Moving Puppets

All the Saints Theatre Company is relocating its puppet barn.

If you’ve ever participated in or been a spectator for Richmond’s annual Halloween parade, you’ve seen the hundreds of puppets that are central to its spirit. Created by All the Saints Theater Company, the puppets range in size from hand puppets and masks to large puppets 20 feet tall and 30 feet in diameter. A single person operates some of the larger puppets, while others require eight to 10 puppeteers to carry.  

Lily Lamberta, who uses the pronouns they, them and their, is the force behind All the Saints Theater Company.

“The puppets are used to make us look bigger in the streets, to unify people through creative collaboration between different mediums – poetry, dance, music, sculpture, street art, folk art and ancient pageant style puppetry – in the name of change and resistance,” Lamberta explains. The puppets have the same purpose as historic puppets like Punch and Judy: To tell a story using archetypal images to create subversion, chaos and creative dramatizations. “The puppets are a platform for street theater, parades, protests, shows, music videos and collaborative creative actions to manifest healthy community and make political change.”

Radical puppets, however, take up a lot of space. As do the found materials to make them. Beyond that, not much is required beyond minimal electricity for lighting and power tools and an assurance of dryness. Because of an impending move, Lamberta was on the lookout for somewhere to relocate their puppet barn. They found the ideal location at EarthFolk, in an old, abandoned farmhouse in South Side purchased in 2014 by musicians Laney Sullivan and Jameson Price. The couple’s goal was to create a place where they could hold workshops about sustainability and earth-based living as a way to live in a more balanced way with the land. 

All the Saints has launched a GoFundMe campaign with the goal of raising enough money to hire a moving company to move the barn to the EarthFolk property, where it can be used as storage and studio space for future workshops when it’s safe to congregate. Fundraising is needed for basic materials such as gravel to make a parking area and a solar set up so that the space can have electricity. The puppet group’s plan to leave the fundraiser up until it’s safe to invite people in. Once the barn is moved over, it will continue to clear space and organize the land to best protect its wildness, while making it accessible.

Lamberta saw having the puppets housed at EarthFolk as a natural fit where the puppets wouldn’t just be stored but could serve as a community creative location where people who want to be involved can have access: “EarthFolk is a perfect place because of the alignment in mission statements and active work surrounding community care, community ritual, earth-water protector activism, fighting capitalism with food security and sharing resources.”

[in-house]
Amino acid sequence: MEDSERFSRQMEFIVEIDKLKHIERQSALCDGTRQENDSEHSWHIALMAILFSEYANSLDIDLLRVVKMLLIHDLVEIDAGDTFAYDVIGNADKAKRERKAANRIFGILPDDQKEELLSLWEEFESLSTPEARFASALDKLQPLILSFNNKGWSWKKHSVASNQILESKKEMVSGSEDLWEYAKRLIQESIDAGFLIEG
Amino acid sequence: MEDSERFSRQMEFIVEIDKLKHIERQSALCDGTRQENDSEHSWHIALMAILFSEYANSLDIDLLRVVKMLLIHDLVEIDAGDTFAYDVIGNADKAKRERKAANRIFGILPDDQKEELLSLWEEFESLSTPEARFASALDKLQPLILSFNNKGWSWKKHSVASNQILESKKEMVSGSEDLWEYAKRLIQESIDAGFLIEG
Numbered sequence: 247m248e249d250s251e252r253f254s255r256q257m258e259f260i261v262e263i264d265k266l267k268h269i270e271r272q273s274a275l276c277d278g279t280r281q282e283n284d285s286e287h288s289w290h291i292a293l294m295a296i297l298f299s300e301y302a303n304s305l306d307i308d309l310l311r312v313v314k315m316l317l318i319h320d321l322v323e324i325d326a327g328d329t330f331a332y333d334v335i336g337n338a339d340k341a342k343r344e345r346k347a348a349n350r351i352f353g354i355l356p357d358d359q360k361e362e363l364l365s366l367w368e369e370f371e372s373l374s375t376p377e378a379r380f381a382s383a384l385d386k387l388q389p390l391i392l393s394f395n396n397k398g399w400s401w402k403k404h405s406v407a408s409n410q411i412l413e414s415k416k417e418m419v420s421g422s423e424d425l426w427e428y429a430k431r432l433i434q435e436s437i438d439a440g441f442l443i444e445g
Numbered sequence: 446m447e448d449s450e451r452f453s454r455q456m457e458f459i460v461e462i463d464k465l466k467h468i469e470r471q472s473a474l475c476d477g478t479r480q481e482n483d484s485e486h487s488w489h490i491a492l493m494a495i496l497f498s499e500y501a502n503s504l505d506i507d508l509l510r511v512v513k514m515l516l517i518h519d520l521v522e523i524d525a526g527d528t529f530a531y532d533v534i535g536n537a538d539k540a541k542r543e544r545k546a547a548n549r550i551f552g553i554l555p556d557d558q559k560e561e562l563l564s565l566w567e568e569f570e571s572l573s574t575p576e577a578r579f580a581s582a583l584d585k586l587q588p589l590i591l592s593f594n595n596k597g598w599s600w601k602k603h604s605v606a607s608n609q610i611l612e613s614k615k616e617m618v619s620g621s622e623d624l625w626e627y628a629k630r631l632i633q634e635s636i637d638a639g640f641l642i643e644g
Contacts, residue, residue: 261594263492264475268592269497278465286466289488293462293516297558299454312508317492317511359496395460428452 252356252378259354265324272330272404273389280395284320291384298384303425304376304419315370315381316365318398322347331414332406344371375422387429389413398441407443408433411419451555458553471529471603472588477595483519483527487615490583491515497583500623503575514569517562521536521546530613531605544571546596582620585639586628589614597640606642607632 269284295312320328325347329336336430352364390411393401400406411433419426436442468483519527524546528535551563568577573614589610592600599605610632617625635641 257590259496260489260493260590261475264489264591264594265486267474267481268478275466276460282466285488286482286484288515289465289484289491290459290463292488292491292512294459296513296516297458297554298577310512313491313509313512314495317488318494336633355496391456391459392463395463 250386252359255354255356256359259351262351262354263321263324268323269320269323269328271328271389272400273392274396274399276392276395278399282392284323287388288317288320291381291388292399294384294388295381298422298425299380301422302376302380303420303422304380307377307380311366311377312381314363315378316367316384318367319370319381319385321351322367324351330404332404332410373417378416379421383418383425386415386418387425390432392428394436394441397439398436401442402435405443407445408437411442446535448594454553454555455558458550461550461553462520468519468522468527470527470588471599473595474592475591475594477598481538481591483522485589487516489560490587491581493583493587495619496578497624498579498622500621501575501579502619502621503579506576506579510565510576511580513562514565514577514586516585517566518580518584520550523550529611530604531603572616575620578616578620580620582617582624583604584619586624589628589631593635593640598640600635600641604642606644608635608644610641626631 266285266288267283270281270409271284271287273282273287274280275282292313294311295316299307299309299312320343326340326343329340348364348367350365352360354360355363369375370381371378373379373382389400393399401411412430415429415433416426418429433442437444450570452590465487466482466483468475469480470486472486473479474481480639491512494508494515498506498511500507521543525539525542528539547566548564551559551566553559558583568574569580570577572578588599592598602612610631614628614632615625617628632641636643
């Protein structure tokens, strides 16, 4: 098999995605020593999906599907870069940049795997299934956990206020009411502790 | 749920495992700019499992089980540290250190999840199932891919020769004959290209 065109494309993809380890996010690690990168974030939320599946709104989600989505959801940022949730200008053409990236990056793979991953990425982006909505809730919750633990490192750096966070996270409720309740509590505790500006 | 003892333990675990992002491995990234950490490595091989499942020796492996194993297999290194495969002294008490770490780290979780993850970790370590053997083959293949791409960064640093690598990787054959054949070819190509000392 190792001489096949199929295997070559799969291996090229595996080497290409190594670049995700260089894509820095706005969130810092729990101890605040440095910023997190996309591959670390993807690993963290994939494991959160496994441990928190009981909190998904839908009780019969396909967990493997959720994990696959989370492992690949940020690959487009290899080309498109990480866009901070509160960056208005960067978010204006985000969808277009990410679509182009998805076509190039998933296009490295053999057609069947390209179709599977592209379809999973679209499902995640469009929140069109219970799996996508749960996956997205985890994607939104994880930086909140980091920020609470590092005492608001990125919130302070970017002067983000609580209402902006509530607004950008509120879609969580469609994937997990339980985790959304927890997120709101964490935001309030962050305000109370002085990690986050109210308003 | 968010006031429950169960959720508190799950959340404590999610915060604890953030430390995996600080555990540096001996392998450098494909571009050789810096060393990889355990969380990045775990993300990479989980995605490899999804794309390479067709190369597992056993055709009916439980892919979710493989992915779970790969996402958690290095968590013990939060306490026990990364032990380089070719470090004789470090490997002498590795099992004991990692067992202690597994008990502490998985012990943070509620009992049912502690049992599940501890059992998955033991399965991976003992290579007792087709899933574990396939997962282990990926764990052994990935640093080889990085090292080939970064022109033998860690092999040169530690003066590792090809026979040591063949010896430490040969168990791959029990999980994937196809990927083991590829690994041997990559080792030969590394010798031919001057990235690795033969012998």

For EarthFolk’s founders, it felt like the right thing at the right time and an unexpected collaborative opportunity to expand the artistry of the space. “We’re both community-based DIY groups and coming together during COVID seems like what grassroots groups need to do to be able to create and serve the wider community for years to come,” Price says.

All the Saints Theater Company started in Richmond when Lamberta left the Vermont-based Bread and Puppet Theater in 2006 and came home to start working on the first annual Halloween parade. “I wanted to bring radical puppetry to Richmond as an offering for creativity in activism,” Lamberta recalls. 

In the intervening years, the annual parade has held funeral marches for the dollar, for the Founding Fathers, for Joan of Arc, for the Confederacy, for Life as We Wished It and this year, had planned for the Funeral March for the Plague of Now. But due to the Plague of Now, it was canceled and the group instead performed in the park to tell the story. 

All the Saints Theater Company’s annual Halloween parade has not only become a Richmond tradition, but scores of people have learned puppet-making techniques through annual workshops. Lamberta firmly believes political puppet street theater is the people’s art – puppets have been discovered on train tracks and in trees years after they were created. At this point, puppets are literally part of the landscape of Richmond, in people’s homes and in the streets. And because the materials used are free, recycled and harvested, they’re literally made of Richmond. 

Richmond is a puppet town thanks to All the Saints Theater Company and the people’s support. “We’re on the map for Halloween, up there with Minneapolis and New Orleans,” Lamberta says proudly. “And I would say that we arguably have the best Halloween experience in the world.” 

Donate to the GoFundMe and follow All the Saints Theater Company on Facebook or @allthesaintstheater on Instagram.


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